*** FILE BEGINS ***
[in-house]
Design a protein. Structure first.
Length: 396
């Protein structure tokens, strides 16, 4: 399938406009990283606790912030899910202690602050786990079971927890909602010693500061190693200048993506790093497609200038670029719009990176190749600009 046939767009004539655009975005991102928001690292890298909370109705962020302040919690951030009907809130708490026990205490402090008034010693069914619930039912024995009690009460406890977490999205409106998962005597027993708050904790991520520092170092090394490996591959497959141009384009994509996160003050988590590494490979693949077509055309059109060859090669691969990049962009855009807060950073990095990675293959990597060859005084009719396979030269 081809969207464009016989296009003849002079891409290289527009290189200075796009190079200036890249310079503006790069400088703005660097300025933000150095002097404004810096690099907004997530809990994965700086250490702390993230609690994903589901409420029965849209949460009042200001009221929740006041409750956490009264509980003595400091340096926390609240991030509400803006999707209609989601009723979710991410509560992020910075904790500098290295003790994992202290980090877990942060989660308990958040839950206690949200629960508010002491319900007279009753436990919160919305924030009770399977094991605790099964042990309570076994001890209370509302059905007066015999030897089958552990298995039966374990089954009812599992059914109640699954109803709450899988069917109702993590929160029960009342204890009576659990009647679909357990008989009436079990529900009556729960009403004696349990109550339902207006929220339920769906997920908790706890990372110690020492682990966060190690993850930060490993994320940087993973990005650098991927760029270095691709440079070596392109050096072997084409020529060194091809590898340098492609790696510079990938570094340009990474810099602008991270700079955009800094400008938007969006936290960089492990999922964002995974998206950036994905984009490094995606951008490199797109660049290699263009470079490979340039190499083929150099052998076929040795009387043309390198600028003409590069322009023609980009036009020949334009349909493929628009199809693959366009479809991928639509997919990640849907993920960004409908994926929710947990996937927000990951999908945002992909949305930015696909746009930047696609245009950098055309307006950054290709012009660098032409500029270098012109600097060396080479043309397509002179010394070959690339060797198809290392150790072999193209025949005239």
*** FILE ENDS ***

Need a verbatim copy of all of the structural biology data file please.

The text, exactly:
[in-house]
Design a protein. Structure first.
Length: 396
């Protein structure tokens, strides 16, 4: 399938406009990283606790912030899910202690602050786990079971927890909602010693500061190693200048993506790093497609200038670029719009990176190749600009 046939767009004539655009975005991102928001690292890298909370109705962020302040919690951030009907809130708490026990205490402090008034010693069914619930039912024995009690009460406890977490999205409106998962005597027993708050904790991520520092170092090394490996591959497959141009384009994509996160003050988590590494490979693949077509055309059109060859090669691969990049962009855009807060950073990095990675293959990597060859005084009719396979030269 081809969207464009016989296009003849002079891409290289527009290189200075796009190079200036890249310079503006790069400088703005660097300025933000150095002097404004810096690099907004997530809990994965700086250490702390993230609690994903589901409420029965849209949460009042200001009221929740006041409750956490009264509980003595400091340096926390609240991030509400803006999707209609989601009723979710991410509560992020910075904790500098290295003790994992202290980090877990942060989660308990958040839950206690949200629960508010002491319900007279009753436990919160919305924030009770399977094991605790099964042990309570076994001890209370509302059905007066015999030897089958552990298995039966374990089954009812599992059914109640699954109803709450899988069917109702993590929160029960009342204890009576659990009647679909357990008989009436079990529900009556729960009403004696349990109550339902207006929220339920769906997920908790706890990372110690020492682990966060190690993850930060490993994320940087993973990005650098991927760029270095691709440079070596392109050096072997084409020529060194091809590898340098492609790696510079990938570094340009990474810099602008991270700079955009800094400008938007969006936290960089492990999922964002995974998206950036994905984009490094995606951008490199797109660049290699263009470079490979340039190499083929150099052998076929040795009387043309390198600028003409590069322009023609980009036009020949334009349909493929628009199809693959366009479809991928639509997919990640849907993920960004409908994926929710947990996937927000990951999908945002992909949305930015696909746009930047696609245009950098055309307006950054290709012009660098032409500029270098012109600097060396080479043309397509002179010394070959690339060797198809290392150790072999193209025949005239």